After sundown you could catch even more acts at one of the various after parties which were happening around town at Doc Willoughby’s, Fernando’s, Level, and Sapphire. Non-festival goers could attend these shows for a small charge at the doors, or they could purchase a wristband for $45 at the front gate of Keloha.  After Party wristbands waived the cover fees and guaranteed you entrance into any after party venue before 10:30pm.

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The Zolas

On Saturday and Sunday Keloha’s gates opened at 12pm, with both stages in full swing. Running back and forth I split my time between seeing Fields of Green and The Zolas at the Island Stage and Dear Rouge and Mindil Beach Markets at the Sandbar Stage on Saturday morning. The Sandbar Stage closed at 6pm with Canadian rapper Shad topping it off. Saturday’s line-up looked like this:

Island Stage

The Malibu Knights

Damn Fools

Fields of Green

Gold & Youth

The Zolas

Arkells

Atlas Genius

Matt & Kim

Sandbar Stage

DJ CFAL

Rococode

Dear Rouge

Mindil Beach Markets

Humans

Shad

Indie Pop duo Matt and Kim closed off the Island Stages line-up at 9pm with crazy antics and silly behaviour that made for a phenomenal show. Hundreds of balloons were released into the crowd, Kim twerked above heads and stomped atop her drum kit, Matt fell into the moat of water surrounding the stage, and all the lights were shut down while the audience lit up the night with lighters and cell phones.

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Atlas Genius

On Sunday morning the Brooklyn duo Tanlines were forced to cancel their performance due to unforeseeable circumstances and The Matinee were switched from the Sandbar Stage to the Island Stage to fill their spot. Taking The Matinee’s place at the Sandbar Stage was the hard rock band One Bad Son from Saskatchewan.  Wild Son and The Boom Booms bookended the line-up at the Sandbar stage with crowded shows.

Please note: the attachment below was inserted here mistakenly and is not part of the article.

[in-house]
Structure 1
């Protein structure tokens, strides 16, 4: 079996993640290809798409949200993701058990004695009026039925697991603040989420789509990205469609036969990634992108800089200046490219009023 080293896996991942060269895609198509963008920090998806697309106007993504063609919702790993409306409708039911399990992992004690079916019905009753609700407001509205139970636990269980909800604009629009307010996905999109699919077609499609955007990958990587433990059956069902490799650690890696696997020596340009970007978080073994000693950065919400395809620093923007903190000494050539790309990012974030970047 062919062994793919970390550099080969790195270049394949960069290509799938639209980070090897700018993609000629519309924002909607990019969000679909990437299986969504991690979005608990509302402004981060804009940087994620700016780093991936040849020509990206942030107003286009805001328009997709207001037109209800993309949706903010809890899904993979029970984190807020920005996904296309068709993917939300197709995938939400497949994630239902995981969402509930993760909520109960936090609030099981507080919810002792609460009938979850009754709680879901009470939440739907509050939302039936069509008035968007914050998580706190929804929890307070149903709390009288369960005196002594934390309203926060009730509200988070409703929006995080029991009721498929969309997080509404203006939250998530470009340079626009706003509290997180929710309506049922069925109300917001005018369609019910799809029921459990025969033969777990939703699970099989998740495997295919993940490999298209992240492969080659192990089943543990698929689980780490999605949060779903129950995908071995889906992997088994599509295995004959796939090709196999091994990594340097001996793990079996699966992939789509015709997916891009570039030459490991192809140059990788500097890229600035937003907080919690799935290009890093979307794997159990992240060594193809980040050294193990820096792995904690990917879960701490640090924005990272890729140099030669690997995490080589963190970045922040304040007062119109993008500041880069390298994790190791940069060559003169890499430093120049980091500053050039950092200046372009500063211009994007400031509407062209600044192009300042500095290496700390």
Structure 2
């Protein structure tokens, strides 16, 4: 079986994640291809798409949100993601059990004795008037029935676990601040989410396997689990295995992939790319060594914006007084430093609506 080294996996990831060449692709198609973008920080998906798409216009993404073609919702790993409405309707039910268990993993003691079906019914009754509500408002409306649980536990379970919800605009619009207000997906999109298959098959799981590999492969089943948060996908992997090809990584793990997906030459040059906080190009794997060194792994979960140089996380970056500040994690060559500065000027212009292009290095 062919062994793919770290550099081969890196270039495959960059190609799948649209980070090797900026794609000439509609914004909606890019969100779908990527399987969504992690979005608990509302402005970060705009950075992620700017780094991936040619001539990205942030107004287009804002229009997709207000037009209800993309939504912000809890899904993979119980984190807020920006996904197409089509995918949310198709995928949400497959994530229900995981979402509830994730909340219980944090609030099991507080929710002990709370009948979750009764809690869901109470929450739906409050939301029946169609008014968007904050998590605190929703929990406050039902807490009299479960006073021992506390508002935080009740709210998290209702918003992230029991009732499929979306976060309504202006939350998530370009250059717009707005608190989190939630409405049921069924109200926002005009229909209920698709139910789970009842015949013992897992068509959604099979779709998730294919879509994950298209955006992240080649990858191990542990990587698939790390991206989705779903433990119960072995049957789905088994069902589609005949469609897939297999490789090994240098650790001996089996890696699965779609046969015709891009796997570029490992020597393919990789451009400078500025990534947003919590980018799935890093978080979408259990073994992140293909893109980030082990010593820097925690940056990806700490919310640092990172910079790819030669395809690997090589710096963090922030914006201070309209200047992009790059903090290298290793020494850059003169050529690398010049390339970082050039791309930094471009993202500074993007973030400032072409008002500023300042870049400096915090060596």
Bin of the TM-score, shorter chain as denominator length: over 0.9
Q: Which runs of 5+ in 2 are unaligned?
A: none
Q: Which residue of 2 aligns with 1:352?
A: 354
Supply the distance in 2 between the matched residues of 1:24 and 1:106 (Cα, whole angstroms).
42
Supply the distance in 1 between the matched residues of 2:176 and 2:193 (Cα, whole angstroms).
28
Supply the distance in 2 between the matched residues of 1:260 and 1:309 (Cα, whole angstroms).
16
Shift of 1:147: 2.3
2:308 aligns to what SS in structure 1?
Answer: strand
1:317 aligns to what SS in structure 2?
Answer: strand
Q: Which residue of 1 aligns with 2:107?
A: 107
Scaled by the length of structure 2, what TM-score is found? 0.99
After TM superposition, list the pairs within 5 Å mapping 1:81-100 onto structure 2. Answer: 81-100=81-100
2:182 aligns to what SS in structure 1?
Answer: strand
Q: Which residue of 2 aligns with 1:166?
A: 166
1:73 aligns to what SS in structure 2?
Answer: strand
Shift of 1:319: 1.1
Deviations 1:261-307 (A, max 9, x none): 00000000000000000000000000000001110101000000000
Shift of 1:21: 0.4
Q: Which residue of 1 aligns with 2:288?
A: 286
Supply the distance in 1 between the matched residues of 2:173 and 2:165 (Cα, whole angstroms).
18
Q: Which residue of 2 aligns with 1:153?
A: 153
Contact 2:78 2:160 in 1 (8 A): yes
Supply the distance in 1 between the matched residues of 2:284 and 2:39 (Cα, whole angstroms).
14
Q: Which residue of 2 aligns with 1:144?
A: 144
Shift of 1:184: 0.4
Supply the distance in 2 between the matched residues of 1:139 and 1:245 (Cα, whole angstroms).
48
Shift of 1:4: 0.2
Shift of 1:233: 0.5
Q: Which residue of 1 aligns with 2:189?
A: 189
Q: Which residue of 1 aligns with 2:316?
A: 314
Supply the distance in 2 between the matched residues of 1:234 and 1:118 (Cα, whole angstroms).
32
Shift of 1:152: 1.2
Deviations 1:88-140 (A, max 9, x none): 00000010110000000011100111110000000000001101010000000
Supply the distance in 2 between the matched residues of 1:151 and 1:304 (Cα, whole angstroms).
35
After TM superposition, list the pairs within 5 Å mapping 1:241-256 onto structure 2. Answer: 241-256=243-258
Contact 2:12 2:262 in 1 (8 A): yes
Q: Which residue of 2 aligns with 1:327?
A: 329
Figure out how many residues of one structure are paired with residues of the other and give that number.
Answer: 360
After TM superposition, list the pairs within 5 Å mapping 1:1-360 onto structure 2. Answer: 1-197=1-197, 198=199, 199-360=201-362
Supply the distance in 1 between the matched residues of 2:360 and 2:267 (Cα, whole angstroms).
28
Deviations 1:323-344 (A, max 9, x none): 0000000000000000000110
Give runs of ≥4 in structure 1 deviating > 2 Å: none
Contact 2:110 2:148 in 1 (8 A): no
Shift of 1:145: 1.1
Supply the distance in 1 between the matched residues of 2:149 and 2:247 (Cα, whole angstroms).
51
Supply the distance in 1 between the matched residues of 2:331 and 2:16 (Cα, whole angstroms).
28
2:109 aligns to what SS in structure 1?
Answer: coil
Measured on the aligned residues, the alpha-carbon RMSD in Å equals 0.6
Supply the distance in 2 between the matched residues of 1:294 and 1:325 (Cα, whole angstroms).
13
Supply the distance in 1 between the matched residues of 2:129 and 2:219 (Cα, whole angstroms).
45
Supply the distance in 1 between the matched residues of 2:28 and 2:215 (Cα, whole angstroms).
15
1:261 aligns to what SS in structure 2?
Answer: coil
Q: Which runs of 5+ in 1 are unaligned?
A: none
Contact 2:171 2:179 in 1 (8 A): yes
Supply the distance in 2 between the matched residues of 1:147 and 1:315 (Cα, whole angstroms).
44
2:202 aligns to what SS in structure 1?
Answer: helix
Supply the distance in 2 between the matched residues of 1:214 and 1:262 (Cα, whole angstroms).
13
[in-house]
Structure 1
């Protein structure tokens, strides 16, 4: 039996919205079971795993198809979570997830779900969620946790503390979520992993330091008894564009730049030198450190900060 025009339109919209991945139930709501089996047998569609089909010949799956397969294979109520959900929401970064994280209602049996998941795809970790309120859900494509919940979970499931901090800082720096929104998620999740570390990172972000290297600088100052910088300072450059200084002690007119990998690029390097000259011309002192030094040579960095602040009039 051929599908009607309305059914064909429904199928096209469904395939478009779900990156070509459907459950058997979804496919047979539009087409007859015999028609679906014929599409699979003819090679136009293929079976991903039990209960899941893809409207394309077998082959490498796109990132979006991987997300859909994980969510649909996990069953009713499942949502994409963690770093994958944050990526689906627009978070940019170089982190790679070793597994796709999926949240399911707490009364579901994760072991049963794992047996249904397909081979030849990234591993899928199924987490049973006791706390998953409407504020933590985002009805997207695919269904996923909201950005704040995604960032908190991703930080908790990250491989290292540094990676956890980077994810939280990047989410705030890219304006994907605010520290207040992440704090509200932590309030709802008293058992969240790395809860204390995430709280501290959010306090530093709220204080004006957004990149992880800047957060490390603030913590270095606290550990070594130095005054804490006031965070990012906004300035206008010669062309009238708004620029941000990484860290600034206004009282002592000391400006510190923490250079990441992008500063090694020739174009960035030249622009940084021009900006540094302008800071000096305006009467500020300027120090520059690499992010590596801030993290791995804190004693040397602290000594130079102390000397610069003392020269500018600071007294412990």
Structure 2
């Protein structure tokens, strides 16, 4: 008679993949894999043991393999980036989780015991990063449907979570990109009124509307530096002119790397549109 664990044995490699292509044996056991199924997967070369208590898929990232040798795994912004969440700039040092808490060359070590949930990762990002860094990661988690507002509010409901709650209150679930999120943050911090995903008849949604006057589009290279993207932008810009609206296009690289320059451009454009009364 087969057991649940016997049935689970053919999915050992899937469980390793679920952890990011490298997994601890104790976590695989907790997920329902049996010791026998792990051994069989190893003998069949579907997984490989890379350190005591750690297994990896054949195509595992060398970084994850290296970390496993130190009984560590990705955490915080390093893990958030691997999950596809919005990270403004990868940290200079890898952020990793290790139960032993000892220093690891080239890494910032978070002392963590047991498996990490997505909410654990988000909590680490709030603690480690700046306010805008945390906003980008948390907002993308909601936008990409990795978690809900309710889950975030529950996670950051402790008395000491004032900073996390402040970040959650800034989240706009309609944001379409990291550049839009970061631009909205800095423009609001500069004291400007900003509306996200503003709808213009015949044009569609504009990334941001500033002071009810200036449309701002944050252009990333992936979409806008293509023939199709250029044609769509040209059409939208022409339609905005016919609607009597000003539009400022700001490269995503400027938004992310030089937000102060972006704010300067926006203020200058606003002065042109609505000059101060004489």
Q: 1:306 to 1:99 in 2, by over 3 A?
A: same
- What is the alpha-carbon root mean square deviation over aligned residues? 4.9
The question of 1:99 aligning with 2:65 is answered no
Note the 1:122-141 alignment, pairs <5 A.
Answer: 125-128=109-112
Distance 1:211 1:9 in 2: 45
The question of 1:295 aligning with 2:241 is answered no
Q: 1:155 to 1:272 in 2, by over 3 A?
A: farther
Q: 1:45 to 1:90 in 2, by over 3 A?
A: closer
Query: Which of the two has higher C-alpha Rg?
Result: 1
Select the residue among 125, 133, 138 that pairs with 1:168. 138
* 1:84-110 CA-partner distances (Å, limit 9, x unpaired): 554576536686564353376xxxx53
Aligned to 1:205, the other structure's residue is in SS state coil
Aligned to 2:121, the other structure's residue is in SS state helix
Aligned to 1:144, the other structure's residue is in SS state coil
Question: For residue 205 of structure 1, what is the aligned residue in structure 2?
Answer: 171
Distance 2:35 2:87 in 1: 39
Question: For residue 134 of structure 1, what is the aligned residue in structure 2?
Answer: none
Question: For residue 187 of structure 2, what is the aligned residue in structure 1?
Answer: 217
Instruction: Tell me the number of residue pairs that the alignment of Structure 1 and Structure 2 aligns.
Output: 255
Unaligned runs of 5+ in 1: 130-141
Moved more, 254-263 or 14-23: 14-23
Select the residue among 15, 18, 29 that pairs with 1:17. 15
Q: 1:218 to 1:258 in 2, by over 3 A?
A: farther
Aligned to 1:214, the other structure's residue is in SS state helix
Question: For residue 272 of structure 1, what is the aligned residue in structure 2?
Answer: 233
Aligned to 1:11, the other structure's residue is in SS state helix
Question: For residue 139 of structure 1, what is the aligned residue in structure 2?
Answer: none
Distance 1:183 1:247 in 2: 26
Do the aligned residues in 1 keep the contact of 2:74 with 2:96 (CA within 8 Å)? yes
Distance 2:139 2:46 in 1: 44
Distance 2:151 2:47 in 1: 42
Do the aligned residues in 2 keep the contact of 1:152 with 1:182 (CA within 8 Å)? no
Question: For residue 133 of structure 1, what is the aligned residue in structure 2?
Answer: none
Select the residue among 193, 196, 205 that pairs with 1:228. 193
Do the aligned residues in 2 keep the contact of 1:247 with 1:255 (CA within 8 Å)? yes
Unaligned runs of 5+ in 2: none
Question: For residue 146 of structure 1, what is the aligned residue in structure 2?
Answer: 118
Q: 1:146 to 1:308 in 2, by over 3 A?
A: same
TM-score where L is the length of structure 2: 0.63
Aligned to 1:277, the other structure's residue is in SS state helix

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Current Swell

With the Sandbar Stage now closed I made my way back to the Island Stage with the crowd to catch the final 3 acts of the festival. Current Swell was another awesome high energy show, and so was Capital Cities. Lead man of Scott Stanton of Current Swell showed off his skill by playing his guitar on his lap and using the cable running to his amp to replicate strumming with a whipping motion while holding the guitar high above his head. Capital Cities had the crowd riled up and twirling articles of clothing above their heads in frenzy. The most well-known and mainstream act, American psychedelic synth pop band MGMT, performed for the finale. The complete Sunday line-up looked like this:

Island Stage

Tyler Kinjo

JP Maurice

Wake Owl

Zerbin

The Matinee

Current Swell

Capital Cities

MGMT

Sandbar Stage

Opening DJ

Wild Son

Rocky Mountain Rebel Music

Washboard Union

One Bad Son

The Boom Booms

Overall, Keloha was a fantastic event and a lot of fun. Thanks goes out to Wet Ape Productions, who were able to bring such an expansive and great array of wonderful musicians to our humble little city, and to the innumerable volunteers who helped make the whole thing possible. I look forward to going back each and every year, and encourage everyone else to do the same.

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Spread Kealoha!